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August 15, 2004

  • The Object Of My Obsession
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    I now know way too much about Saturday Night Live. I can now watch two minutes of an episode from the first five years and know what season it’s from. I know what episode had paramedics standing by on set for John Belushi and which one had Garret Morris throwing a hysterical temper tantrum in rehearsal the day before. Even though I haven’t seen a single episode, I know the intimate—and grisly—details of the ill-fated 1980 season of the show, long rumoured to be one of the worst (I really want to see some of it, if only for the watching-a-car-wreck-in-slow-motion aspect). I know what Jan Hooks thinks of Victoria Jackson (she hates her). I know what Jane Curtin thinks of the show (not much). I know what I think of Harry Shearer (a complete asshole).

    God, I’m an obsessive geek.

    Three months ago I couldn’t have cared less about the Not Ready For Prime Time Players, and SNL was something I really liked as a kid and watch now mostly for Tina Fey’s Weekend Update and Maya Rudolph, who is one of the funniest performers on the planet. But it’s summer. I do things like this in the summer.

    I don’t know what it is about these lazy, crazy, hazy, maise-y days of summer, but every year without fail at this time of year I develop an interest in something that becomes so all-consuming that I have to become a mini-authority on the subject.

    I blame it in part on not watching much TV. As anyone who knows me will tell you, I mainline on mainstream TV during the fall, winter and spring. And as soon as the regular season ends, I delete the rota of programs I have in my VCR’s timer and aside from maybe one show that suddenly gets my fancy (last year was Train 48, this year it’s 1975-80 SNL) I watch nothing.

    However it seems in the absence of all this TV my brain explores its newfound freedom by completely geeking out.

    Exhibit A is the absolute mania I developed toward the films of Francois Truffaut. In the summer of 1999, Cinematheque Toronto began showing a retrospective on his films. I saw his seminal work The 400 Blows and…bam! I was going to everything Cinematheque showed of his (which was a lot). And if giving up most of my weeknights in pursuit of one of the founders of the nouvelle vague was enough, I also bought the zillion-page biography of Truffaut that had just come out that year. By the end of the summer I was trying to find his work on DVD (and mostly failing; though five years later I’ve managed to accrue an impressive collection). Hell, I even considered taking up French again just to see how accurate the translations were on the subtitles.

    Then there was my summer of James Bond. Two years ago, I whiled away my unemployment by filling in the gaps in my appreciation of Mr. Bond’s oeuvre (somewhere between From Russia With Love and Octopussy to be precise). But the Special Edition DVDs for 007 don’t just entertain you. The Bond DVDs are some of the best ever made because they include extensive ‘making of’ documentaries and behind the scenes production material. By September, I had just decided to continue and watch DVDs for the Bond films I had seen, but by that point I was watching the making of documentary before the film itself. And I owned two other reference books on Bond to compare it against. About the only thing I didn’t do was actually read Ian Fleming’s novels, which were too mean-spiritedly British for my tastes.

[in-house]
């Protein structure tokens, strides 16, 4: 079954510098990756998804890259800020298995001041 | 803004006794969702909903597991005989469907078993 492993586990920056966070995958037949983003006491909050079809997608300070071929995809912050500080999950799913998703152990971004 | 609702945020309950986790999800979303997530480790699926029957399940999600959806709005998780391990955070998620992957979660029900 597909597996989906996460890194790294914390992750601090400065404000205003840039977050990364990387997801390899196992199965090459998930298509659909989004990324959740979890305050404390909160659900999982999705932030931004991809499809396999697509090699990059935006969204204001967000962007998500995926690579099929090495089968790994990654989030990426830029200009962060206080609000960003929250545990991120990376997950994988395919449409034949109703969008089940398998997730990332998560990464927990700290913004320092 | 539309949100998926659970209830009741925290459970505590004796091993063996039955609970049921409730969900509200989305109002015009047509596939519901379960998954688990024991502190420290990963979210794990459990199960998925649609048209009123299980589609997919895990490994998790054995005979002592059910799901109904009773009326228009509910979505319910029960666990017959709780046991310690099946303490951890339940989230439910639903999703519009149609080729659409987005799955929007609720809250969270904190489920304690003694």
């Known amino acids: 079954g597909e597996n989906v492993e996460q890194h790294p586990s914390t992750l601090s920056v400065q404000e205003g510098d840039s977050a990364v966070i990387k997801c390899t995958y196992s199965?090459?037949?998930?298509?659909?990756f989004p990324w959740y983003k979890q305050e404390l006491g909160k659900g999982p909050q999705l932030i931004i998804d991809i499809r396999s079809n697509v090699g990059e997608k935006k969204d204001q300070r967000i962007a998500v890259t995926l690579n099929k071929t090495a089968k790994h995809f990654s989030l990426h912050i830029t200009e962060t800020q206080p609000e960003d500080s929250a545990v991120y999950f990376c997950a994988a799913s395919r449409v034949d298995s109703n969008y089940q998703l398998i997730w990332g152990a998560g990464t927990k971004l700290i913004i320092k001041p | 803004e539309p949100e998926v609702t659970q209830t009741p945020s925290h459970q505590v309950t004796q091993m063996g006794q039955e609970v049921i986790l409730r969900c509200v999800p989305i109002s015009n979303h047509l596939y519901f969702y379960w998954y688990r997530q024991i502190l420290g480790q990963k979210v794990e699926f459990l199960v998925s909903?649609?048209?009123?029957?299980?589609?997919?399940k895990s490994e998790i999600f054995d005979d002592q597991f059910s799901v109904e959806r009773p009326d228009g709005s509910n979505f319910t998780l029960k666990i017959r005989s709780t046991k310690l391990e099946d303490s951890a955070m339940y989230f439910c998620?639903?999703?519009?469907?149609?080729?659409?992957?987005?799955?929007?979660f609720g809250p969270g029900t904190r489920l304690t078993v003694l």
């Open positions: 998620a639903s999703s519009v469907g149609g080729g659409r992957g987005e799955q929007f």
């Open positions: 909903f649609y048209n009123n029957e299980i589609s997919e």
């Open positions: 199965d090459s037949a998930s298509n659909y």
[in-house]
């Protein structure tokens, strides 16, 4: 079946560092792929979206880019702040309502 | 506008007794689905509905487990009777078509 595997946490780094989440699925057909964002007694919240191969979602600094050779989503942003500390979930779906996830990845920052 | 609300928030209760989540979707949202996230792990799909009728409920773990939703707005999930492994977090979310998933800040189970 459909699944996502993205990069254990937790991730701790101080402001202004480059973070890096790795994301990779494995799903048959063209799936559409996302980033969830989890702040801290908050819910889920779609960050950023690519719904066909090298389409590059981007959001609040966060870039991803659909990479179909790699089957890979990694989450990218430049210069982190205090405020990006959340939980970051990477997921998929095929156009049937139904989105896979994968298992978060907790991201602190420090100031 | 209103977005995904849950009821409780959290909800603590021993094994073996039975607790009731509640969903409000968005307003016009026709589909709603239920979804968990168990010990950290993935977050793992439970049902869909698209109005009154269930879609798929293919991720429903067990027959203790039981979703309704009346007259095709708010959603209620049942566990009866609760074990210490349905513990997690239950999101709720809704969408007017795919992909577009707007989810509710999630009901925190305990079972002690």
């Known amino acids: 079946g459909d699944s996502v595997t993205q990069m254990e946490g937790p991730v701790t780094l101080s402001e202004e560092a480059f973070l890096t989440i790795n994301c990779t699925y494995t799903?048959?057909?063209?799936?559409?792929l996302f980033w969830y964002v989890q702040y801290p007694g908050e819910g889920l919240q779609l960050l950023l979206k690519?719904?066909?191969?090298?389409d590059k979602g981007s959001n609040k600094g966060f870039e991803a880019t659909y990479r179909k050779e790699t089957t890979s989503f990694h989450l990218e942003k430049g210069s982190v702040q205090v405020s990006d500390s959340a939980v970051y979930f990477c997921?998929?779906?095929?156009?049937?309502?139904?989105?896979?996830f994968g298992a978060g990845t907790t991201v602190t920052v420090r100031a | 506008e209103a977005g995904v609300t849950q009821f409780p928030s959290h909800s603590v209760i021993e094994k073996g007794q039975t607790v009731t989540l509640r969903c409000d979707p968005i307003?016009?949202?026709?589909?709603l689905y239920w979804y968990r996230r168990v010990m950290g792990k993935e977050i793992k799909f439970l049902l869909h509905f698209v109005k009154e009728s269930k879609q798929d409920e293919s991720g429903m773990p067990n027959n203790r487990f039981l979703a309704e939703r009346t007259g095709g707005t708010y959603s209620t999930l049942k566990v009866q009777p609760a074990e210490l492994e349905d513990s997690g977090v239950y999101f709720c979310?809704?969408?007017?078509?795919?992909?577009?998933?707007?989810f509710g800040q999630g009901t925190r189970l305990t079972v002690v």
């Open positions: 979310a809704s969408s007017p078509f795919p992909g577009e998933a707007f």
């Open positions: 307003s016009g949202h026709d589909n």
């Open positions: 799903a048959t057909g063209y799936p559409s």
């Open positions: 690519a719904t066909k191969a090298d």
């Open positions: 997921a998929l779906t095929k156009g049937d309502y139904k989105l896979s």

The list could go on and on. Over past summers I have developed an intense interest in Grant Morrison’s comic book The Invisibles, the novels of Douglas Coupland, the original Twilight Zone TV series, the music of Nick Drake, films that have starred Jack Nicholson…as I say, I could go on and on.

    There’s some weird switch in my brain that goes from ‘yeah I’d like to casually enjoy that’ to ‘I must know everything there is to know about that.’ I all too casually and frequently flip that switch. A lot of these things have gone on to become full-scale passions of mine (my interest in Doctor Who and The Beatles uncoincidentally flourished during a summer), some have kind of stayed hidden away, waiting to resurface.

    This summer, Saturday Night Live became the object of my obsession. Global has been showing the original Not Ready For Prime Time Players episodes (albeit cut down from 90 minutes to an hour—a process by which they cut out Bruce Cockburn’s only SNL appearance. Bastards.) as a stopgap replacement for Mike Bullard—and an inspired one at that. I started watching them for two reasons: first of all, I remember watching these in syndication the summer before I started High School and I wanted to see if Gilda Radner’s Roseanne Roseannadanna was just as inspired as I remembered her being (she was). The second was that a colleague of more advanced age once told me “Saturday Night Live was never any good. If you actually watched the original episodes and not just the sketches put into compilations you’d see that.” My colleague is wrong, wrong, WRONG. Much to my delight, the original SNL still lives up to the hype for being smart, hip and funny television.  The hit-to-miss ratio is still about 2:1 but, unlike later incarnations of the program, the sketches that only make you smile usually have something about it that’s really good. Often that’s the cast, who back in those days really did have talent to burn. Having grown accustomed to Bill Murray’s grumpy post-Ghostbusters screen persona it’s a genuine shock to see how incredibly versatile he was back in the day. And if Dan Ackroyd and John Belushi are on fire, then Gilda Radner is fissionable material.